Iran: Historically surprising

Iran: Historically surprising

It wouldn’t come as a surprise if Iran tails your list of destinations; it probably does. However, if one goes beyond the political stigma, there are a lot of historical attractions that will certainly leave you surprised with Iran.Just a month or so ago, my wife and I decided to pack our stuff and go for a one-week Iranian interlude. Tehran was our first stop.

Growing up in Cairo, Tehran does stun us; it has the same horrendous traffic jams, overcrowded streets with people coming and going in all directions, polluted air and most probably the same crazy taxi drivers. Subsiding the traffic, the crowd and the pollution, Tehran is a multilayer city that offers a lot to its visitors, especially if one is looking for history.

Leading the list of attractions in Tehran is the Golestan Palace, or rather the Rose Garden Palace, as the translation would suggest. A marvelous piece of architecture, the palace is actually a complex of a number of buildings that were built and renovated several times during the rule of different Persian dynasties, including the Safavid as well as the Qajars. The highlight of our visit to the palace was the masterfully crafted marble throne known by the name Takht-e- Marmar. Consisting of a platform supported by six angels, three demons and eleven columns, the throne took 65 marble stones and almost four years to be finished. It was built for the Qajar king Fath Ali Shah.

Another amazing palace not to be missed while in Tehran is the Saad Abad Palace Complex. Located on the northern outskirts of the Iranian capital, the complex was first built by the Qajar dynasty before it was later expanded during the Pahlavi one. Mohammed Reda Pahlavi, the last Shah of Iran, called the Saad Abad Palace home. After the 1979 Islamic revolution, the whole place was transformed into a museum complex. Today, there are about 10 museums that the complex hosts. The most notable ones are the Green Palace and the White Palace.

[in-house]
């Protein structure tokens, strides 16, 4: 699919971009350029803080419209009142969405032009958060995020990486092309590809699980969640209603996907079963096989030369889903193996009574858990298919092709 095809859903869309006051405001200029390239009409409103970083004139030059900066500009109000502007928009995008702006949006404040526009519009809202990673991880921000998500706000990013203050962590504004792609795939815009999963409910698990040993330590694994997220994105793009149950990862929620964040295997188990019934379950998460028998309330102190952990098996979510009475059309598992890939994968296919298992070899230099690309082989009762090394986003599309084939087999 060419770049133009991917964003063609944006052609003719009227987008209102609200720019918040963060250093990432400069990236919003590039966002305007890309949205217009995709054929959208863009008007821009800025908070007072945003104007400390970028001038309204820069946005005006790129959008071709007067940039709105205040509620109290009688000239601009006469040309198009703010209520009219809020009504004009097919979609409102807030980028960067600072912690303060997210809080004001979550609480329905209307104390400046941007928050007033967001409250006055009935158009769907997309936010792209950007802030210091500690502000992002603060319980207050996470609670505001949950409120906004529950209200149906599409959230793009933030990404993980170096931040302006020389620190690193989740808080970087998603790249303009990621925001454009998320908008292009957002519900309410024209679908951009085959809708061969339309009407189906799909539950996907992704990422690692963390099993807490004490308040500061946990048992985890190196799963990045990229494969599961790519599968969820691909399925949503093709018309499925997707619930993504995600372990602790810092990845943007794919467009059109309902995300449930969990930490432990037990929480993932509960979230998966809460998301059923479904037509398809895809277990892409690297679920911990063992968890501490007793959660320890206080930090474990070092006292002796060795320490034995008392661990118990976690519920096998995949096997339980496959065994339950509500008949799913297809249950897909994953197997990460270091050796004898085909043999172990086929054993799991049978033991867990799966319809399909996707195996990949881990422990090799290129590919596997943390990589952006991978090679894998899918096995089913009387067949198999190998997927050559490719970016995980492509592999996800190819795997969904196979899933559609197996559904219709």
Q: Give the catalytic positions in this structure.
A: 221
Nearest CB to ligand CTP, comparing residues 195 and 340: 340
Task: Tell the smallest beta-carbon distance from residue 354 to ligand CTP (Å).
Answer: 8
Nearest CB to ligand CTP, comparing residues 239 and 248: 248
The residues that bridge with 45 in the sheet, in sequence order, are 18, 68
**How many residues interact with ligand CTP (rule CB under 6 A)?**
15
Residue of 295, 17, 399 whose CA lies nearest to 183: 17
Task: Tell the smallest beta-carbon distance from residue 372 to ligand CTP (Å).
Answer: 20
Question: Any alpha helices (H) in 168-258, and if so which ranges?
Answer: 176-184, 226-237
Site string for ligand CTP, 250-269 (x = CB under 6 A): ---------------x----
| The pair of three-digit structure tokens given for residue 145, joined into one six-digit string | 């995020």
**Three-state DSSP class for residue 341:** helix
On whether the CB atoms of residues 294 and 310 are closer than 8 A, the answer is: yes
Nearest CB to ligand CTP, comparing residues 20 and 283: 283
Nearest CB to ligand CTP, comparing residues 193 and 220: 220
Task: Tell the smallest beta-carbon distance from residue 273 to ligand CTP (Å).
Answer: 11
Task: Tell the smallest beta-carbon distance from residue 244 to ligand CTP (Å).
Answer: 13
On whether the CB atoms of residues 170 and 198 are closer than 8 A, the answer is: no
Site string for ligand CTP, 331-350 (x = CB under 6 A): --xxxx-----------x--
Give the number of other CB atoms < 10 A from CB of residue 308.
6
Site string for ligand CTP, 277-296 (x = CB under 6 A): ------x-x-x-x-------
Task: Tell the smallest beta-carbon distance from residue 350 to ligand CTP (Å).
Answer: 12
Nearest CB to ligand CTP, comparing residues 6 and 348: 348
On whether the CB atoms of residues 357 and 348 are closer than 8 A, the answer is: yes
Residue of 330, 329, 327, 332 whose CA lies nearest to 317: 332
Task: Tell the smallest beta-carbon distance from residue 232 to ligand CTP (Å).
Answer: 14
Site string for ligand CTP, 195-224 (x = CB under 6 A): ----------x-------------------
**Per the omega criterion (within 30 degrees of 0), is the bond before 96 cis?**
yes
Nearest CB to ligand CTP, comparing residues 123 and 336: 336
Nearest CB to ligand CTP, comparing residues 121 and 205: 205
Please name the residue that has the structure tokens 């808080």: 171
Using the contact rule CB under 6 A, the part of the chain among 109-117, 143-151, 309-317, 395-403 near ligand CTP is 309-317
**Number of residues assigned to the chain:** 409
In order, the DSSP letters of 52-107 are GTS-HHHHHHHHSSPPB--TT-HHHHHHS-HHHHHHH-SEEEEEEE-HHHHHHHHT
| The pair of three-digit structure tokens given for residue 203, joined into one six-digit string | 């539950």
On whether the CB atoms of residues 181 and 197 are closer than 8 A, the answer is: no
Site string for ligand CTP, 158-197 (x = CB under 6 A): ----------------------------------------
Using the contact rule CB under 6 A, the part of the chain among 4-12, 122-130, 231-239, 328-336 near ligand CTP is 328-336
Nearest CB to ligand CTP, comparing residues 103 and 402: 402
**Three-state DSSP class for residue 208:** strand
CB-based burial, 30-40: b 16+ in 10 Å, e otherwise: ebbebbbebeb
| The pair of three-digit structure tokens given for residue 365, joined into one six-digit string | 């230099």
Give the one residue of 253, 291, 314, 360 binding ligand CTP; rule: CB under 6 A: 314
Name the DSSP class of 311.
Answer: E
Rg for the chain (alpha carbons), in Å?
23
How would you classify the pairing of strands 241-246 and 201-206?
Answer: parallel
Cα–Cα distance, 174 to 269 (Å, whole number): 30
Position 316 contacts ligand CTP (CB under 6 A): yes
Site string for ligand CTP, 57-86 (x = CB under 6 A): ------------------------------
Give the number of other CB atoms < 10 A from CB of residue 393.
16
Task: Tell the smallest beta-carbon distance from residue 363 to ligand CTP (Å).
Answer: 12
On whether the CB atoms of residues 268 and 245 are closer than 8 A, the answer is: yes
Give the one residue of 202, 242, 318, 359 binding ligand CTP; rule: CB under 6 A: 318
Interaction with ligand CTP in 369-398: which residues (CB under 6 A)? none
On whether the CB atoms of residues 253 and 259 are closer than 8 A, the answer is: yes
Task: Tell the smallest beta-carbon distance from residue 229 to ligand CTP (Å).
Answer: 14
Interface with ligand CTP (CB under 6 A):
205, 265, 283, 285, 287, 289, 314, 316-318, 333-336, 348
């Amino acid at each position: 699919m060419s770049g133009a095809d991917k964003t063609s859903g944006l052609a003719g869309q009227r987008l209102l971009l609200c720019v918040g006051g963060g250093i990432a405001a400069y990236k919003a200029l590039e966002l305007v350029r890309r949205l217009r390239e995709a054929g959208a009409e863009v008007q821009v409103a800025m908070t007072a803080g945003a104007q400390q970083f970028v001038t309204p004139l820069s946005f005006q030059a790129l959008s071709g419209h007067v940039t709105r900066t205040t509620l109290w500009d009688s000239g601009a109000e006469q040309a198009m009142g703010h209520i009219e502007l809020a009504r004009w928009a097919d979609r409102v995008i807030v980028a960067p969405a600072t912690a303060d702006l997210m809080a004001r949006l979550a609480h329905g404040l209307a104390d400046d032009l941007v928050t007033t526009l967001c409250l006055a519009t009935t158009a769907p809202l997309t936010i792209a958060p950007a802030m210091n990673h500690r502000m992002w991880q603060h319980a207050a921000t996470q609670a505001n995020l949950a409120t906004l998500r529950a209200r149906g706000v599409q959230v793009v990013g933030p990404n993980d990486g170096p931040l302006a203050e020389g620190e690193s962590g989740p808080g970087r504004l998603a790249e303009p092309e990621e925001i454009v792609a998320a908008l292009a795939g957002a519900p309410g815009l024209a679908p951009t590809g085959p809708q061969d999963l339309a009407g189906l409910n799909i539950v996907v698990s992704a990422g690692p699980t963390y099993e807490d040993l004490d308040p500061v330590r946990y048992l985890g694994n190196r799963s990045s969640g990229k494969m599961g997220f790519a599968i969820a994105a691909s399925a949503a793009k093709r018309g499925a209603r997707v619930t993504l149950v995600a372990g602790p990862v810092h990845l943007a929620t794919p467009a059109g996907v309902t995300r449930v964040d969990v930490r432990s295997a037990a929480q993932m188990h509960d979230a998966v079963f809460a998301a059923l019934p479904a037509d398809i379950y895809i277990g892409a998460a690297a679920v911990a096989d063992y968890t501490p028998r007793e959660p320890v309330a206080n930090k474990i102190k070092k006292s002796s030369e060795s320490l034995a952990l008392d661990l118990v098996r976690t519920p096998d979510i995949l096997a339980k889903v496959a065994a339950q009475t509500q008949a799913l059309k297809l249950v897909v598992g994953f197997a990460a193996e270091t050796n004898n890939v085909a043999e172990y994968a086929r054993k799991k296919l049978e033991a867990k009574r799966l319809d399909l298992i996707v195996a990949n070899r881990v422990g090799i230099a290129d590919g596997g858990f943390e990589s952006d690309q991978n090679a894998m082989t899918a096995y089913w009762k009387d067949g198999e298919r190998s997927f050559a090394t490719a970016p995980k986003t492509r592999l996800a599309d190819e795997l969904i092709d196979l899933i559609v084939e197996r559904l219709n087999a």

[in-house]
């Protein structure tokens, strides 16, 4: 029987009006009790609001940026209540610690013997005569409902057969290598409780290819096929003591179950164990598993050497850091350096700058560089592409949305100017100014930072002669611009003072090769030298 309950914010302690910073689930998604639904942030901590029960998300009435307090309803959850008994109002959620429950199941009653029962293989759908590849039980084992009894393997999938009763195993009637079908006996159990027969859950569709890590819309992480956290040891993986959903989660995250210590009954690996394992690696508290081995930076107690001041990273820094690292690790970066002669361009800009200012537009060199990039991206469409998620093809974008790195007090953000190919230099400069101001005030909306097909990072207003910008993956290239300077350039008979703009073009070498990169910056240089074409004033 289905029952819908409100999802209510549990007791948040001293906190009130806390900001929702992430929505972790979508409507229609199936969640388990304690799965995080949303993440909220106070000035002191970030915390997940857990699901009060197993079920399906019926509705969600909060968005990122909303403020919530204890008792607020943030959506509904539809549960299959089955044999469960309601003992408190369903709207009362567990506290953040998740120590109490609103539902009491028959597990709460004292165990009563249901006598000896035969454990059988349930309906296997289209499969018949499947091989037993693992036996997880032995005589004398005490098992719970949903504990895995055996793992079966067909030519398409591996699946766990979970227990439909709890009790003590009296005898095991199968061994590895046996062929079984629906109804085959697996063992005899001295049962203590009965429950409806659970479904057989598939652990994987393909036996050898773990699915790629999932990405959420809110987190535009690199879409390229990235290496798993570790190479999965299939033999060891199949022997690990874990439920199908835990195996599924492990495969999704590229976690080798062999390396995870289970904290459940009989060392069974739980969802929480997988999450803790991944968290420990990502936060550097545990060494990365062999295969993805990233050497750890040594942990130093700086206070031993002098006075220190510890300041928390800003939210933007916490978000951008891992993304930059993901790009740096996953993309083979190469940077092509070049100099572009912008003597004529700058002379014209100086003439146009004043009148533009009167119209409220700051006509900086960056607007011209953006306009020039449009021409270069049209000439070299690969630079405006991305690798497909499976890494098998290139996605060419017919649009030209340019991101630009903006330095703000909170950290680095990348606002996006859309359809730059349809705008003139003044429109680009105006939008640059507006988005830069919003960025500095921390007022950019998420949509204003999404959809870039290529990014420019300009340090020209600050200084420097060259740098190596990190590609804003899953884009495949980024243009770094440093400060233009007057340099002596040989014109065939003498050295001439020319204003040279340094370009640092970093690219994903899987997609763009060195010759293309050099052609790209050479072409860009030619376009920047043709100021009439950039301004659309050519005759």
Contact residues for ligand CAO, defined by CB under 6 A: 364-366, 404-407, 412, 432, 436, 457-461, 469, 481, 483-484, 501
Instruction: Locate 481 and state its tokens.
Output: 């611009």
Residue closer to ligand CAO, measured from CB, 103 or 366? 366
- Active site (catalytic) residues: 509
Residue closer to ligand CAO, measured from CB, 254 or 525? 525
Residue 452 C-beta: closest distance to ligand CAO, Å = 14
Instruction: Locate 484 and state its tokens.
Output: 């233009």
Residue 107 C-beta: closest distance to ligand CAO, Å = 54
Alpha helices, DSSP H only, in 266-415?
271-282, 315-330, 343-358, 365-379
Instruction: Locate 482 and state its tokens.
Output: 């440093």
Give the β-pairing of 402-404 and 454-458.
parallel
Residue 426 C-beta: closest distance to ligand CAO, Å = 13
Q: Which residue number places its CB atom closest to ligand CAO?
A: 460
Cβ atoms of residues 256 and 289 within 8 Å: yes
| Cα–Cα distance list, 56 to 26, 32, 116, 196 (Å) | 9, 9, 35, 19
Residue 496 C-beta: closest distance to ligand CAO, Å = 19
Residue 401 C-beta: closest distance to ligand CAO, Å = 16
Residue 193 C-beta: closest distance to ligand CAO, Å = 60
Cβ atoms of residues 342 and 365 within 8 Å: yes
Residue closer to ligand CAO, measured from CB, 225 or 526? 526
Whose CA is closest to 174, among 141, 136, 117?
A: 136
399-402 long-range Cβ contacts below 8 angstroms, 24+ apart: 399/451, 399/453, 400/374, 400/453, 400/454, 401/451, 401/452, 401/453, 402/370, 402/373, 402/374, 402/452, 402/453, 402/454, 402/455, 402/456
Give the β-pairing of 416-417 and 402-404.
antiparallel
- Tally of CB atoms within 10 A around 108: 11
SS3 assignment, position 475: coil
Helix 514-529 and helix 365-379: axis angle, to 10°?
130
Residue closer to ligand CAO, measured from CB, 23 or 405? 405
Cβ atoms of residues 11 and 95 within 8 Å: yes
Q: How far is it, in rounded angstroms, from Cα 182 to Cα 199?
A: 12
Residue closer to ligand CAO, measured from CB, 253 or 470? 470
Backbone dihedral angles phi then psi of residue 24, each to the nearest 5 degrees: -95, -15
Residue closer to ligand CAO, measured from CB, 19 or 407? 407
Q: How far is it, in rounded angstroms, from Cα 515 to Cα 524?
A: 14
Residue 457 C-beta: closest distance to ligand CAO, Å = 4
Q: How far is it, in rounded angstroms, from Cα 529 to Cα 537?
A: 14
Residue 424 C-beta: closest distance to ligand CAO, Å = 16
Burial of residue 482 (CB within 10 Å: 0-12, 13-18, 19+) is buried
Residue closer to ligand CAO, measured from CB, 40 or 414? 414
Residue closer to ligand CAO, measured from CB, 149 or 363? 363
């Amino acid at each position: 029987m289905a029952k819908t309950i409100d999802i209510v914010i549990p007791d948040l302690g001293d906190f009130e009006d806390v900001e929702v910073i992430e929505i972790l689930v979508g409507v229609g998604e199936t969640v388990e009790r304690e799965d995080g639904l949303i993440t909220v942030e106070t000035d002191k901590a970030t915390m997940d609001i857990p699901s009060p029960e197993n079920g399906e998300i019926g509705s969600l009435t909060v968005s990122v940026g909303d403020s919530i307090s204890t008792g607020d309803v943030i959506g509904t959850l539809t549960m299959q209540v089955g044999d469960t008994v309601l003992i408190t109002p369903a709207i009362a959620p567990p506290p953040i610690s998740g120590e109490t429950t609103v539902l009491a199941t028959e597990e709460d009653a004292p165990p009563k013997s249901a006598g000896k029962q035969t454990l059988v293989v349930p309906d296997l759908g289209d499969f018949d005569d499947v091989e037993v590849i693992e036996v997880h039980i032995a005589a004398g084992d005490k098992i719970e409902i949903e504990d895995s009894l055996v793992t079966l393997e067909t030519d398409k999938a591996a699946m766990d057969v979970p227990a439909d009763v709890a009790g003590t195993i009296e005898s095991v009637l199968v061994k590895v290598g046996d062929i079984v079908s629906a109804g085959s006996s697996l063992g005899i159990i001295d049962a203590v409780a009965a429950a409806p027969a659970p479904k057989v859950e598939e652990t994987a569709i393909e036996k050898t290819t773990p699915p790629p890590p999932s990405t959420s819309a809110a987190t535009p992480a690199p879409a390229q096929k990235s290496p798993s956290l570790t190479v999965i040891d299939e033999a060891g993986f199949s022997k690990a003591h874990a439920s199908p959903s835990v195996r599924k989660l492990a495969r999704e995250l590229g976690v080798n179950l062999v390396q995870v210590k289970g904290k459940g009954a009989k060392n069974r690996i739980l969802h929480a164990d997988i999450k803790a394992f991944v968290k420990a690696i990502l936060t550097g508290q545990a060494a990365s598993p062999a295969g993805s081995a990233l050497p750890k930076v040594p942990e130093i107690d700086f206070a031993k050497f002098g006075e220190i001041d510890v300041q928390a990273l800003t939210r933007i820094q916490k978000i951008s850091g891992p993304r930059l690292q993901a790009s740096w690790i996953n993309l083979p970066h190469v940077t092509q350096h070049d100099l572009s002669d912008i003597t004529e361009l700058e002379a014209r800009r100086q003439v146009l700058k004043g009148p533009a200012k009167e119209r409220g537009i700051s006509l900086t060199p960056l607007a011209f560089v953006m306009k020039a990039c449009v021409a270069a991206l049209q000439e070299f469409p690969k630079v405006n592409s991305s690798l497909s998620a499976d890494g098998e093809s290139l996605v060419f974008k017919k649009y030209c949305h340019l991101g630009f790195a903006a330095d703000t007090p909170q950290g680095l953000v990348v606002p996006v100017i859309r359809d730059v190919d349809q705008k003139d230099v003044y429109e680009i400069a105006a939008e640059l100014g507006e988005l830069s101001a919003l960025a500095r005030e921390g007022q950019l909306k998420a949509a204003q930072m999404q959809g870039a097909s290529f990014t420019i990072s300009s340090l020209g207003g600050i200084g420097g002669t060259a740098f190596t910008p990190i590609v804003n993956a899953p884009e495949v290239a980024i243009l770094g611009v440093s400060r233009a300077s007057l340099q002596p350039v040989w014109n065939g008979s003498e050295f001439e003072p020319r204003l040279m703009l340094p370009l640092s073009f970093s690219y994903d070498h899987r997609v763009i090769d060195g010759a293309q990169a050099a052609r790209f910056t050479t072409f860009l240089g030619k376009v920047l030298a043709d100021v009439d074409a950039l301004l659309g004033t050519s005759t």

As the name might imply, the Green Palace got its name from the green-colored stones used to build it. It used to serve as Shah Mohamed Pahlavi’s private palace. On the other hand, the White Palace, often referred to as the Nation’s Palace, was where the last Shah used to hold his meetings. In addition to meeting rooms, the White Palace also hosts an office, a dining hall and a bedroom. In addition to the Green and White palaces, the Saad Abbad Palace Complex also hosts a couple of museums dedicated to art, as well as a military museum.

Having had enough dosage of palaces, we decided to make our way out of Tehran and headed to Esfahan.“You can’t go to Iran and miss out on Naqsh-e-Jahan,” one Iranian friend told me before I laid foot in Iran. Once I made it to Esfahan’s town square, Naqsh-e-Jahan, I knew why no one could afford skipping on it. A huge 160 meters by 580 meters square and UNESCO world heritage site, Naqsh-e-Jahan hosts a multitude of diverse attractions including along others, Ali Qabu Palace, Sheikh Lotf Allah Mosque, and of course, the Shah Mosque.

Built during the Safavid dynasty, the architectural marvel Ali Qapu Palace warrants a visit. The seven-floor edifice is most famous for its “music room” with its stucco and cutouts in the shape of glassware, pottery and ceramics. Opposite to Ali Qapu Palace, and located on the eastern side of Naqsh-e-Jahan, is Sheikh Lotf Allah Mosque. A sophisticated piece of architectural art built between 1603 and 1618, Sheikh Lotf Allah Mosque misses on the courtyard and interior diwan, both being typical characters of Islamic architecture at the time, but comes with its own individuality. In addition to the floor-to-ceiling ornamentation and amazing calligraphy work, if you stand at the entrance of the mosque’s inner hall and fix your sight on the dome’s center, you can see a peacock whose tail is the sun rays coming in from the ceiling’s hole. It is simply amazing.

The jewel of Naqsh-e-Jahan compilation of historical marvels is the Shah Mosque. Built to the order of Safavid king Shah Abbas the Great, building this mosque took 18 years to be completed using some 18 million bricks and 475,000 tiles. It is said that the total bill for building Shah Mosque came around 60,000 tomans, — a staggering price by that time’s standards. In addition to its architectural genuineness, the Shah Mosque is well known for its artistic extravaganza; represented mainly in the calligraphic inscriptions that almost wrap up the whole mosque, as well as the use of the novel haft rangi (seven colors) mosaic tiles.Iran is almost present in every day’s headline news, but if you are into history and up for a paradigm shift, you would certainly enjoy Iran. At least we did. – Arabnews